- Water is important. You should start with good tasting water, and you might want to try some different spring waters.
- Boiling water is not good for white, green, or Oolong tea. Boiling water will “cook” the leaves and this will ruin the flavor. SO DON’T BOIL YOUR TEA! The following are some suggested temperatures for water:
WATER TEMPERATURES FOR TEA
|160° – 170°||70° – 75°|
|Oolongs||180° – 195°||80° – 90°|
|Black||Near Boiling||Near Boiling|
|Pu-Erhs||Full, Rolling Boil||Full, Rolling Boil|
- Select a good ceramic teapot, or a covered tea-cup, with a four to twelve ounce capacity. Some teapots have strainer on the inside base of the spout. This helps to keep leaves from pouring out the spout.
- When making tea, be certain to warm the teapot with hot water first.
- The ratio of tea to water should be approximately four grams of tea per eight ounces of water. Oolongs and Pu-erhs need twice as much tea for the same amount of water.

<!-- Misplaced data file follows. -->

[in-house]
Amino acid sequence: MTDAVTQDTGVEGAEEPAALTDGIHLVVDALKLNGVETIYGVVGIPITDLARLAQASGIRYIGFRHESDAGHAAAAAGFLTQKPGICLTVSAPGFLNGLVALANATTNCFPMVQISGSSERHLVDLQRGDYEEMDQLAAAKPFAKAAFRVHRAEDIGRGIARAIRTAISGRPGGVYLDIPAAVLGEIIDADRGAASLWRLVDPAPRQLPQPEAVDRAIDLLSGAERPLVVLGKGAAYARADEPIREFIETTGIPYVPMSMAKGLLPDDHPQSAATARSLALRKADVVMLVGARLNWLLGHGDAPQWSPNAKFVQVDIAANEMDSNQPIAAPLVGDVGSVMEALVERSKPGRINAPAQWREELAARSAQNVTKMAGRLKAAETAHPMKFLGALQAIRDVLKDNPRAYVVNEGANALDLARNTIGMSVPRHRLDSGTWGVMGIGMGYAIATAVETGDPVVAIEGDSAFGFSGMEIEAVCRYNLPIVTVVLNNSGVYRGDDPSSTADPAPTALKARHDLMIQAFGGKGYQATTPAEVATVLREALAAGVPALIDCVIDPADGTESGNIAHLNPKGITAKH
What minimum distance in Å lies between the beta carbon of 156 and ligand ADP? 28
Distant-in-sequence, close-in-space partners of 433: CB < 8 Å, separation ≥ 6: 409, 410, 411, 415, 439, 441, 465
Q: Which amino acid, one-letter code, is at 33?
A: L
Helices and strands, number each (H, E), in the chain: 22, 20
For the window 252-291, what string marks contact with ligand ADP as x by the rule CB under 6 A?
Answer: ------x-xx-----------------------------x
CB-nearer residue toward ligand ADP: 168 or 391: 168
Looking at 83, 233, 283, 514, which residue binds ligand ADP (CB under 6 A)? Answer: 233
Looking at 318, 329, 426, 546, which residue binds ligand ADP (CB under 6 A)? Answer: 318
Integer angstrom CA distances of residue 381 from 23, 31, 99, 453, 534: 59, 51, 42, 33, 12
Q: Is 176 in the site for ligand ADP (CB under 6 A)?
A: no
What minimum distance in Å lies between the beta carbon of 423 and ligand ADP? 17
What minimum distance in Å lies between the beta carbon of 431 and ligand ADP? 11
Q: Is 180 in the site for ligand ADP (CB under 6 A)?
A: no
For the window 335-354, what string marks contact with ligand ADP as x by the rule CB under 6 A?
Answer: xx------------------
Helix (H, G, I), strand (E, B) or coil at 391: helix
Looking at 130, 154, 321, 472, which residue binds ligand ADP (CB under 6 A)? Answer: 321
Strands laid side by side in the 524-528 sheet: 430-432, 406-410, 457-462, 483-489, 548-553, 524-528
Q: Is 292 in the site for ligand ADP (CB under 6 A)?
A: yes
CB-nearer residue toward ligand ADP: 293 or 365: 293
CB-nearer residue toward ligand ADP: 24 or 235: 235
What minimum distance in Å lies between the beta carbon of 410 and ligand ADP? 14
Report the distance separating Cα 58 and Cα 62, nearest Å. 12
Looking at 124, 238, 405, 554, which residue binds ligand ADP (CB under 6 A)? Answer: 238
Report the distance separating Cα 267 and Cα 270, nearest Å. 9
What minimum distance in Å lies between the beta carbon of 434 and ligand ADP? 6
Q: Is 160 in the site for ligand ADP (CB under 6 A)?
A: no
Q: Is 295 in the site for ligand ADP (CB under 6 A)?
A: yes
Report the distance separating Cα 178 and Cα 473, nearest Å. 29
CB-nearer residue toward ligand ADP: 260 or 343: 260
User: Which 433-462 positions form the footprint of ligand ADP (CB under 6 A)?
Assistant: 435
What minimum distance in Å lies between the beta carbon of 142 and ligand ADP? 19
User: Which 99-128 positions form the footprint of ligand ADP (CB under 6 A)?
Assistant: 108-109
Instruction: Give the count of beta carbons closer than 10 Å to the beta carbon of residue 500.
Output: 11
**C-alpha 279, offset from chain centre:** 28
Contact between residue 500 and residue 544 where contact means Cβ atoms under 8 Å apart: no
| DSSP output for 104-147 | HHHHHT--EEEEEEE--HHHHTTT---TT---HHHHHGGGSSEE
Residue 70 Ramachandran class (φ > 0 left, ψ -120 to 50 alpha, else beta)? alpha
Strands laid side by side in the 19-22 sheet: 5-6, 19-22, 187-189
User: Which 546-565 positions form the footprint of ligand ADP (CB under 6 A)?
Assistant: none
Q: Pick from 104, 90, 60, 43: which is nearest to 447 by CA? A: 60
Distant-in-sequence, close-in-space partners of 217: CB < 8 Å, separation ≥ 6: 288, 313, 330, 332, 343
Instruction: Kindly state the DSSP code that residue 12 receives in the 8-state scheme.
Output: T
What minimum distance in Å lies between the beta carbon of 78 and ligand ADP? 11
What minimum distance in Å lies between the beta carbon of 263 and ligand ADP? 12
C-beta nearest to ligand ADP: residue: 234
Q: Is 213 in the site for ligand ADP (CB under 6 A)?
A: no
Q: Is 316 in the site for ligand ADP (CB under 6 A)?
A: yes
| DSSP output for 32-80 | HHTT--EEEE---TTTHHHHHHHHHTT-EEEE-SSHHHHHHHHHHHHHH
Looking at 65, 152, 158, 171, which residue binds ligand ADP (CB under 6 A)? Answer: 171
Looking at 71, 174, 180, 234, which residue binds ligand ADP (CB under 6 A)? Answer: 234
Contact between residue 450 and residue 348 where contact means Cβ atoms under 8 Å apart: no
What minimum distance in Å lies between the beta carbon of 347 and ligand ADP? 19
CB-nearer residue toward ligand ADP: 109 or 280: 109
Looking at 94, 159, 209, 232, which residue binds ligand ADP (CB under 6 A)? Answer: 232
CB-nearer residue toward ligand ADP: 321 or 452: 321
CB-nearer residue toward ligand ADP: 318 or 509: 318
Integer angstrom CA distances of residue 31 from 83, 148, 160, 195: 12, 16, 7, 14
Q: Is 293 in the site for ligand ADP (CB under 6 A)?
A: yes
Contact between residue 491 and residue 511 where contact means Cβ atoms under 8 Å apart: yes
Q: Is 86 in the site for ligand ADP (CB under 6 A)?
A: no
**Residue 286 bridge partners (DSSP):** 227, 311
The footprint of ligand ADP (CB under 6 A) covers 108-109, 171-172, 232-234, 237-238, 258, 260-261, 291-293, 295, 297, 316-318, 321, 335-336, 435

- Teas should be brewed loose, not in an infuser or a tea ball. This allows the flavor to develop more fully.
- After steeping, teas can leave varying volumes of leaves in the teapot, depending on the type of tea. If you are brewing a lighter tea, you will see more leaves in the pot after brewing.
- When trying a new tea, you will need to experiment until you are familiar with it. At first, steep it for a minute or two, and then taste it. You can steep it longer if necessary. Pay more attention to flavor than to color.
- When the tea tastes “right,” you need to stop steeping. Remove the leaves from the tea to prevent over-steeping.
- Most teas can be re-steeped. For each additional infusion, add more water and increase the steeping time.
- Enjoy the tea! Don’t forget about the beautiful colors and shapes of tea leaves. If you can, watch them while you are brewing.